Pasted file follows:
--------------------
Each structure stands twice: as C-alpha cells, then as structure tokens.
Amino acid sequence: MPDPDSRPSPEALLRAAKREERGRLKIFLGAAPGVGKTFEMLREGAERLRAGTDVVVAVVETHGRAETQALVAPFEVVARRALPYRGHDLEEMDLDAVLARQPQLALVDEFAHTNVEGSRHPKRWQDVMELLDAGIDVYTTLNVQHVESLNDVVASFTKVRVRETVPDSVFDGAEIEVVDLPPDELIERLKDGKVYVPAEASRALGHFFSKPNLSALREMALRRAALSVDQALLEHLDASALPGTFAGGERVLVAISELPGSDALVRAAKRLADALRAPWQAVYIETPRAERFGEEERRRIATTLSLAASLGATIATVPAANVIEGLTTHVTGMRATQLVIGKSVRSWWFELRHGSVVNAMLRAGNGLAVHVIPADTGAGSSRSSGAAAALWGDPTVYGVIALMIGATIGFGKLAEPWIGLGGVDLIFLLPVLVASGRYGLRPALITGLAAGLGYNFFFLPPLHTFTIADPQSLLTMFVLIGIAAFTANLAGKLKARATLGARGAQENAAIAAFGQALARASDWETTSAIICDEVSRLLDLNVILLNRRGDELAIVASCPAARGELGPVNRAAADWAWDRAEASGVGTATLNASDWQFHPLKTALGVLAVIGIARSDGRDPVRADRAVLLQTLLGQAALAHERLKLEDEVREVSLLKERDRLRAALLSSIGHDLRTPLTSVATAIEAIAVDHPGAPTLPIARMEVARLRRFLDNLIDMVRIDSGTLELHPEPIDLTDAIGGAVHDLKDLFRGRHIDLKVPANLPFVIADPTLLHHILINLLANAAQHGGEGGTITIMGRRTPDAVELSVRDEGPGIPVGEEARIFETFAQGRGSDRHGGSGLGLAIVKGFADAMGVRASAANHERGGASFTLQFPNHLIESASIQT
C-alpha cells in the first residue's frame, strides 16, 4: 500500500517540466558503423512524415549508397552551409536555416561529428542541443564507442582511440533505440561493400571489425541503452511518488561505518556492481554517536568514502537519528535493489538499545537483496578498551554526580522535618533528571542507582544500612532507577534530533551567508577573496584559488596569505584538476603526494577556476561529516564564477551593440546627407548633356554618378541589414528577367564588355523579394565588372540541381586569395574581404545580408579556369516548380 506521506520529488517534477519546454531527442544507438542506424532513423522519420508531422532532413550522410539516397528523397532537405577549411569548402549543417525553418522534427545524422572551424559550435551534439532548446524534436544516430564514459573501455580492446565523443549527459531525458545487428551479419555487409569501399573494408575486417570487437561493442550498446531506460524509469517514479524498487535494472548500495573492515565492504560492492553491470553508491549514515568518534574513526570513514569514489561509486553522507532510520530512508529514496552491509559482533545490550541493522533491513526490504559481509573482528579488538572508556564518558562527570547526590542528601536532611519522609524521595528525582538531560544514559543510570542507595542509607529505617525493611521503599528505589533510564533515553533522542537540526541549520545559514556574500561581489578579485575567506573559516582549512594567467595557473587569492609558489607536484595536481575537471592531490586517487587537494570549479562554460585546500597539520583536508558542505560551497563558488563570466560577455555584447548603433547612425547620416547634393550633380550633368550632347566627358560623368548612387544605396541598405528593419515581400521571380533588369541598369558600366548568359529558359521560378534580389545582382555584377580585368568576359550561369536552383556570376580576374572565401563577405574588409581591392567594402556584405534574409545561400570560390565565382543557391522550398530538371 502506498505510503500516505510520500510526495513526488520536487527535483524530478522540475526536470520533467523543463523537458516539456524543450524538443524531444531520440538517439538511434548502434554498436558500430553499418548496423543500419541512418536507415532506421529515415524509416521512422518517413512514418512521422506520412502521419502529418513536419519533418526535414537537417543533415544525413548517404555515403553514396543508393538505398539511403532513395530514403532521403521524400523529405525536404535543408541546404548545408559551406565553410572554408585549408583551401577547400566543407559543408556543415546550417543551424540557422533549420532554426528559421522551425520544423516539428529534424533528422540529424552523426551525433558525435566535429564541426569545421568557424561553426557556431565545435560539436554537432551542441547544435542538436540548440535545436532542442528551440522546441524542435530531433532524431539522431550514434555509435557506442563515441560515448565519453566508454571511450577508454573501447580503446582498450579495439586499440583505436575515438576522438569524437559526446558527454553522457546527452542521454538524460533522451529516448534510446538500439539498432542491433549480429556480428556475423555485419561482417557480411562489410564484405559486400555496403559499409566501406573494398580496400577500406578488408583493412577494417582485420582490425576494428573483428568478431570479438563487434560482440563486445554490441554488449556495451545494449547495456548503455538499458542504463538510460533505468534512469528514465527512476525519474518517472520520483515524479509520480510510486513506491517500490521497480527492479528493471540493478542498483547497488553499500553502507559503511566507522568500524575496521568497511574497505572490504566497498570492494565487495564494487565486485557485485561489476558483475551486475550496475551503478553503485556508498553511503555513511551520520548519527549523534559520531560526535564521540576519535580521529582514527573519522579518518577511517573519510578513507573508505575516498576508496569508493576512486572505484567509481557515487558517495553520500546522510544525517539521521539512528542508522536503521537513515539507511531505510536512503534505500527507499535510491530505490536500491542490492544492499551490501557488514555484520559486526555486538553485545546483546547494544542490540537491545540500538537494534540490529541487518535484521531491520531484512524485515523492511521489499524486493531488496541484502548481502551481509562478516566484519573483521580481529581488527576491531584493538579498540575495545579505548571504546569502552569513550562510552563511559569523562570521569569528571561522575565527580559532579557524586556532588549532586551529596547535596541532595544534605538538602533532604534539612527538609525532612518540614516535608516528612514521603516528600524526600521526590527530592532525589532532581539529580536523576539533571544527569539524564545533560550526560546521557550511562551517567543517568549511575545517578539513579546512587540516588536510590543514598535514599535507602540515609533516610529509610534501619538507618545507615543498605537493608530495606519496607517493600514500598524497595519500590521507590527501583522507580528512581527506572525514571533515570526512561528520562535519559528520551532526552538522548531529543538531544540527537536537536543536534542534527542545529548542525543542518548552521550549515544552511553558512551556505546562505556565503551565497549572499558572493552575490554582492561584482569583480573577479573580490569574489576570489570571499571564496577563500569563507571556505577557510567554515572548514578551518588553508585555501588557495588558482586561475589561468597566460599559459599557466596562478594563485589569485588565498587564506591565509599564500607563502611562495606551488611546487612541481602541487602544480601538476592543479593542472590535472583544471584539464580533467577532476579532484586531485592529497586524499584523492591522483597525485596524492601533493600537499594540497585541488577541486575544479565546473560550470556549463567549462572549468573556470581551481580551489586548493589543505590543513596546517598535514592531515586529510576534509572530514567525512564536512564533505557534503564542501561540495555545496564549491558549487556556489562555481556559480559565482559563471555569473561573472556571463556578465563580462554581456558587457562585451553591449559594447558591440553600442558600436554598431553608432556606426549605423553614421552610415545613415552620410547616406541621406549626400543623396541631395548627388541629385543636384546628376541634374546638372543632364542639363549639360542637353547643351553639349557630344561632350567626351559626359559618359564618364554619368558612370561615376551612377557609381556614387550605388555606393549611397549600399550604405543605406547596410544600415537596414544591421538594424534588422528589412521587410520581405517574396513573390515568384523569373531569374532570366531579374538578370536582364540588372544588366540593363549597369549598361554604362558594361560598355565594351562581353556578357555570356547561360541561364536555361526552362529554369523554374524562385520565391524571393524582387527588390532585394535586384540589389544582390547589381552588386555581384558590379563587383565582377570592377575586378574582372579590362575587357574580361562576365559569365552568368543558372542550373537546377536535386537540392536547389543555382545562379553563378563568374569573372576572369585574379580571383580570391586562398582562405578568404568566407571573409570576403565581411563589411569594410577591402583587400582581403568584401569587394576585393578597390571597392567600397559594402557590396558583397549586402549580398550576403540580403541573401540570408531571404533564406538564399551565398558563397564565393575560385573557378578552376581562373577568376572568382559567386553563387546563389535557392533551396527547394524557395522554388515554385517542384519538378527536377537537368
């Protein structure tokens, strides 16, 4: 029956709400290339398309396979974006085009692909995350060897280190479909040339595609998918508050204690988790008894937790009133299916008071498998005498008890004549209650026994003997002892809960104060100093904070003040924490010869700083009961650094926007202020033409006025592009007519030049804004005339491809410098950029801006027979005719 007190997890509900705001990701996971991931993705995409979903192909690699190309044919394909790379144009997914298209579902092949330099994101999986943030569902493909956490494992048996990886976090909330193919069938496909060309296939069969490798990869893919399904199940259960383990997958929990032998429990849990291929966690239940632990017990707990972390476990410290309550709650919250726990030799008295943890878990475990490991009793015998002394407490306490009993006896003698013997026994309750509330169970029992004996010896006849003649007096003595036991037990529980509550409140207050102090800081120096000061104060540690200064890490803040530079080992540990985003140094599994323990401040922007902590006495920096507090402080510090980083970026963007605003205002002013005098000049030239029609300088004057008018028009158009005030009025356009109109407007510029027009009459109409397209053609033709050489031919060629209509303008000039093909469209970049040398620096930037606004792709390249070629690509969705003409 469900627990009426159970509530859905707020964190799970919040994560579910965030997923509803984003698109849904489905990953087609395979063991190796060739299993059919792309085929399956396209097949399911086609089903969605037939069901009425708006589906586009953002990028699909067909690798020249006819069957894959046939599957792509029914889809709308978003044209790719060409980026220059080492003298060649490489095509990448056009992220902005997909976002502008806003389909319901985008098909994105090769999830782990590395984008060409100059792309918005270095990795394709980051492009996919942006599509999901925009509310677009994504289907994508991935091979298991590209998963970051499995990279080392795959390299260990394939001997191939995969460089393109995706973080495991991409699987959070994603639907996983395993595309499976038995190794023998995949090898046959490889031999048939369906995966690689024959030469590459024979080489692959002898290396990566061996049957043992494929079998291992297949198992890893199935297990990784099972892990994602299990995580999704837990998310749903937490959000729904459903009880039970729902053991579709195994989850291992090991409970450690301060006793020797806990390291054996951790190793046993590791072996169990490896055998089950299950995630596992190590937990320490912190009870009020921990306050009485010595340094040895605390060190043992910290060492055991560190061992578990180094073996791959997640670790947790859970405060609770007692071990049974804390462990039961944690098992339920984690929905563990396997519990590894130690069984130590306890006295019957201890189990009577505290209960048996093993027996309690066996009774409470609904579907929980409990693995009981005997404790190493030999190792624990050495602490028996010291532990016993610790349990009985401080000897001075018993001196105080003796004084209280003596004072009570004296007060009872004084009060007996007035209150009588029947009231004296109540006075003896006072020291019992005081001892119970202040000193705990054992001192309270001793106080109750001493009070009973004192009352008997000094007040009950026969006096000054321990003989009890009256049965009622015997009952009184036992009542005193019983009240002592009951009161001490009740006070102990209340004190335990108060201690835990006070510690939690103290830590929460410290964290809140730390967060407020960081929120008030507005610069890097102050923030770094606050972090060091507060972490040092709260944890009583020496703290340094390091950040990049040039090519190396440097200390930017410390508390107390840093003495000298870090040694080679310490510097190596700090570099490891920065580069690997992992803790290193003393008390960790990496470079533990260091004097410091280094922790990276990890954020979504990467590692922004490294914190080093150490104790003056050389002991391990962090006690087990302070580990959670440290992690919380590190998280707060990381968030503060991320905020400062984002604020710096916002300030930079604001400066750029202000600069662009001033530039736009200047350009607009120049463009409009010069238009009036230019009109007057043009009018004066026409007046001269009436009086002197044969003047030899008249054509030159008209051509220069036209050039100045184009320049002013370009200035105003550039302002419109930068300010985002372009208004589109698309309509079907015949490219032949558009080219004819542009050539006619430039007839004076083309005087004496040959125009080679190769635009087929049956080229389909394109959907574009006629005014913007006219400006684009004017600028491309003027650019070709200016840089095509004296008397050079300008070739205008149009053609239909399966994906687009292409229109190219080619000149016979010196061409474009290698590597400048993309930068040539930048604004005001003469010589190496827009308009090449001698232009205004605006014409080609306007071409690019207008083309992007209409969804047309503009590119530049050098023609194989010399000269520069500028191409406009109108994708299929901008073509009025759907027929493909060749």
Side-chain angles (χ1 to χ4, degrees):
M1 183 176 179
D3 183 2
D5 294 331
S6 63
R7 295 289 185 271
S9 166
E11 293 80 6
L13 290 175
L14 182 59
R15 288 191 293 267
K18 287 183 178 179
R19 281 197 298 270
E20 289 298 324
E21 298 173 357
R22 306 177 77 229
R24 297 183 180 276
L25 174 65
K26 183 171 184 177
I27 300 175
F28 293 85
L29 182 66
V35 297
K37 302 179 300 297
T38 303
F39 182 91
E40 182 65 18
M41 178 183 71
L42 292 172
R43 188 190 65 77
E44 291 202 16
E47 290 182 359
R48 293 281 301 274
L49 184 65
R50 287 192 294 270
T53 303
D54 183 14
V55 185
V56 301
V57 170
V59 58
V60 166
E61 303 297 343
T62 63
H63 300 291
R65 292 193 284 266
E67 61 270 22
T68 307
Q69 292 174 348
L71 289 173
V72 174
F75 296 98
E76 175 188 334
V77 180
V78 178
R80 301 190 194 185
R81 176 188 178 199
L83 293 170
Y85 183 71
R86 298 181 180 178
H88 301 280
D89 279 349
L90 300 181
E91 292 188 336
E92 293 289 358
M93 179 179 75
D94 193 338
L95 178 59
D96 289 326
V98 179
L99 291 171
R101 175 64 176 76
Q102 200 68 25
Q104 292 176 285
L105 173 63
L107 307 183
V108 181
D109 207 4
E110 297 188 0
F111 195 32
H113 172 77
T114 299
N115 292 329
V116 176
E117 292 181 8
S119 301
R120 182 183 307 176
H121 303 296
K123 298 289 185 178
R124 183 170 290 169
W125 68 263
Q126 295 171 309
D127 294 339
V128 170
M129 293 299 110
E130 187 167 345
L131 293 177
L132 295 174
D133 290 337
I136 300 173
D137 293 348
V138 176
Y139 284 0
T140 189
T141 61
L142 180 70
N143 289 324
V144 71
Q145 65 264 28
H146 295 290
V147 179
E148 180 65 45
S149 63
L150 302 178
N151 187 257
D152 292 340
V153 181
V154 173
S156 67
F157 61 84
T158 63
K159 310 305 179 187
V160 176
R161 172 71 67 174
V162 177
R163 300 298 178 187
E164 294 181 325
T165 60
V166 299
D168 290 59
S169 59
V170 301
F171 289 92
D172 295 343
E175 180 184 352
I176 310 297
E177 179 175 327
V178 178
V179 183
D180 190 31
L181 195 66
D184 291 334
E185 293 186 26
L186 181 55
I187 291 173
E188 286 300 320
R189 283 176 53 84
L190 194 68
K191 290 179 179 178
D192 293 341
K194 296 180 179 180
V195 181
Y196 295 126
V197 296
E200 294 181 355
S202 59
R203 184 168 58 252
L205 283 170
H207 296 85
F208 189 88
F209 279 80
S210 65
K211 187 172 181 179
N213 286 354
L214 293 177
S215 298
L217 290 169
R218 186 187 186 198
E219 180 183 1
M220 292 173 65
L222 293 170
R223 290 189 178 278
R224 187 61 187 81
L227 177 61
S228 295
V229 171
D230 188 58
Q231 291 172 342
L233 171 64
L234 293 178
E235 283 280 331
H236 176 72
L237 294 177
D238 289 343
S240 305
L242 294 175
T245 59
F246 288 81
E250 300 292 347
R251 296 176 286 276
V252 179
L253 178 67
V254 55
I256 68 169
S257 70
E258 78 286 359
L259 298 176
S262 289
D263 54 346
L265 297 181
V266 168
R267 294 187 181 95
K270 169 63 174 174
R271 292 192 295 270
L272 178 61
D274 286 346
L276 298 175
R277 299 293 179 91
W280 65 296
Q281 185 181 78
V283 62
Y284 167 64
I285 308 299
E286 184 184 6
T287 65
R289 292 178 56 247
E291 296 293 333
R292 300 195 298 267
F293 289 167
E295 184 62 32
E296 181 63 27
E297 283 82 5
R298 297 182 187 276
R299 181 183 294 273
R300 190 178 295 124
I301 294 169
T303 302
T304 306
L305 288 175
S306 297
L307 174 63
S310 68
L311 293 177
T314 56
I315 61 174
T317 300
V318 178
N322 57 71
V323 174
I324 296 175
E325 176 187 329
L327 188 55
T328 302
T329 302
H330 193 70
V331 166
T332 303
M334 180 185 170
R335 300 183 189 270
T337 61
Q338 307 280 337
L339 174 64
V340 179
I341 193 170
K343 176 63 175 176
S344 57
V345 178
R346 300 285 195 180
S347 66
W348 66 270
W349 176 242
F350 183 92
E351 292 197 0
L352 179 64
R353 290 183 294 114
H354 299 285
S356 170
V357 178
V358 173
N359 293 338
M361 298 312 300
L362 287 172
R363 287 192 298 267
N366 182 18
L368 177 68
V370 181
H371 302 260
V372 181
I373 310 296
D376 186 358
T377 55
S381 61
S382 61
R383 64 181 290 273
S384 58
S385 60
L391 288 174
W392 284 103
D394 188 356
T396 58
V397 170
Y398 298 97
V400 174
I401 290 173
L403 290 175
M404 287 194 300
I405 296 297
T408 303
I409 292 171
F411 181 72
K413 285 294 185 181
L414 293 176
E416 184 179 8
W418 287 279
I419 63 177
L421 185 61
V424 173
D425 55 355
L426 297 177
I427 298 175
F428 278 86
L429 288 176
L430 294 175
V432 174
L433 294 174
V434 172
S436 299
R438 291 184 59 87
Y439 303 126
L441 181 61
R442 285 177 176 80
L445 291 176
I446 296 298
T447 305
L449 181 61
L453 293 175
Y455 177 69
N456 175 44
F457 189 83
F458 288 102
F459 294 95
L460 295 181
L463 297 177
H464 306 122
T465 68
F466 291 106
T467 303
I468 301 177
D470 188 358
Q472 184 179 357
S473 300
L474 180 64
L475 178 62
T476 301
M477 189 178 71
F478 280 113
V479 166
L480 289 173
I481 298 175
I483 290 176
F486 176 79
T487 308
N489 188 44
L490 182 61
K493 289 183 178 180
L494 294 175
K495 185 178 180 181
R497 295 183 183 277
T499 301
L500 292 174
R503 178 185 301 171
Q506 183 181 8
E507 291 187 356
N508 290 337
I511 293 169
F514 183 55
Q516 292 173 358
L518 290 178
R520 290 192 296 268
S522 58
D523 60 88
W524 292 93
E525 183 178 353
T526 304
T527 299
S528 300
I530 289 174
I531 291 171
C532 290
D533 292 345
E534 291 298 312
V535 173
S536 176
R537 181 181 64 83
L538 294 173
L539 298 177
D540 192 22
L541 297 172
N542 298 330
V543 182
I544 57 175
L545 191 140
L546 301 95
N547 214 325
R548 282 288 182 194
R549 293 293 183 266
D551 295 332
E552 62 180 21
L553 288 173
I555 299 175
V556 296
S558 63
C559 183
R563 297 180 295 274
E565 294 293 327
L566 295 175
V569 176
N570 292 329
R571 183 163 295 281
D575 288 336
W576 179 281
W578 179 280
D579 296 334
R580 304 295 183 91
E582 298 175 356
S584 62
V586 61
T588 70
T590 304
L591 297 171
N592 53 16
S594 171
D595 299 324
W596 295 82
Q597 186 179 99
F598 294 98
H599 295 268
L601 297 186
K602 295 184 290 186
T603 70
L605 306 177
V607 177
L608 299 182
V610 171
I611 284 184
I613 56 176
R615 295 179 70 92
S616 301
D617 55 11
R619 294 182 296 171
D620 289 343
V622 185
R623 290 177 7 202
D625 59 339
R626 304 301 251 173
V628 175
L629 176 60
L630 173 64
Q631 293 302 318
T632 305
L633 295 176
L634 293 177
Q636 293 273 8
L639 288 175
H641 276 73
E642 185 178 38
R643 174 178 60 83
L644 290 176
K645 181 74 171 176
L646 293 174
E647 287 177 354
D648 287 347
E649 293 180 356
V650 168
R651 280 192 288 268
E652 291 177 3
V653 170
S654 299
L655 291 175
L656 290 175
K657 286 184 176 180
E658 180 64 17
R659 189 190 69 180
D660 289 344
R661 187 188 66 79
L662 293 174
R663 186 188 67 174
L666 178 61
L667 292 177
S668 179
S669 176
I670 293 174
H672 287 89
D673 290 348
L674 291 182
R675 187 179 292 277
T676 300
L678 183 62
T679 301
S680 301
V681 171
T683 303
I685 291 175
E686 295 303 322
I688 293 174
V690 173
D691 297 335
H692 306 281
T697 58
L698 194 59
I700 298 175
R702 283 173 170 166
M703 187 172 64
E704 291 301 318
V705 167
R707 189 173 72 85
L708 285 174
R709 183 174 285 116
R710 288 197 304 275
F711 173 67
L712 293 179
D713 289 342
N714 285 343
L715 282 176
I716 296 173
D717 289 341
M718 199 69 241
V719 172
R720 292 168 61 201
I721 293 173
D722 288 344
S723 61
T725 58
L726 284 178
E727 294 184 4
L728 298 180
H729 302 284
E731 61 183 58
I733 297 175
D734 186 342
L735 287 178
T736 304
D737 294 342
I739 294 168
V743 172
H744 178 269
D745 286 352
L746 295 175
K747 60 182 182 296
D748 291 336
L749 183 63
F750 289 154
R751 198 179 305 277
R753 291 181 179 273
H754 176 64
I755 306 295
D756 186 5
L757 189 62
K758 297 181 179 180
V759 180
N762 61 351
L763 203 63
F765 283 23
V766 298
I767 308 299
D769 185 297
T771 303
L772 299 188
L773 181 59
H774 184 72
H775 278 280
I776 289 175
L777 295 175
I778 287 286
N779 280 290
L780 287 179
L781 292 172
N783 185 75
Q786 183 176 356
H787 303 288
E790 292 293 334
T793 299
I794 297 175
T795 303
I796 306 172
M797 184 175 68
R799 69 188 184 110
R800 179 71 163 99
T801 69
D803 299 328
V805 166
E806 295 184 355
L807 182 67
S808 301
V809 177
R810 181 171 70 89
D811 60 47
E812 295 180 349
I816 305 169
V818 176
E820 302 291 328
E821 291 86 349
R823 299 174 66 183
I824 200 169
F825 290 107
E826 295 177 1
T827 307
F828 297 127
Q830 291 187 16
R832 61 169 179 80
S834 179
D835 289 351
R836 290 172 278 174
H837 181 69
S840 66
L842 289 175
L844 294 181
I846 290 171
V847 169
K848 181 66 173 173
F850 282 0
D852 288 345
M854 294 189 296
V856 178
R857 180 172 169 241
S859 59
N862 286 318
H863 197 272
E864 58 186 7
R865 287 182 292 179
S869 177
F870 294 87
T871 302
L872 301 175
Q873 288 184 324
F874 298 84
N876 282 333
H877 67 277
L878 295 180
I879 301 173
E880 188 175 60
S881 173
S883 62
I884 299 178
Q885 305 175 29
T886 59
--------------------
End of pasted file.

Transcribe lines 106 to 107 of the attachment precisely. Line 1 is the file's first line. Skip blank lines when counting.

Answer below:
V138 176
Y139 284 0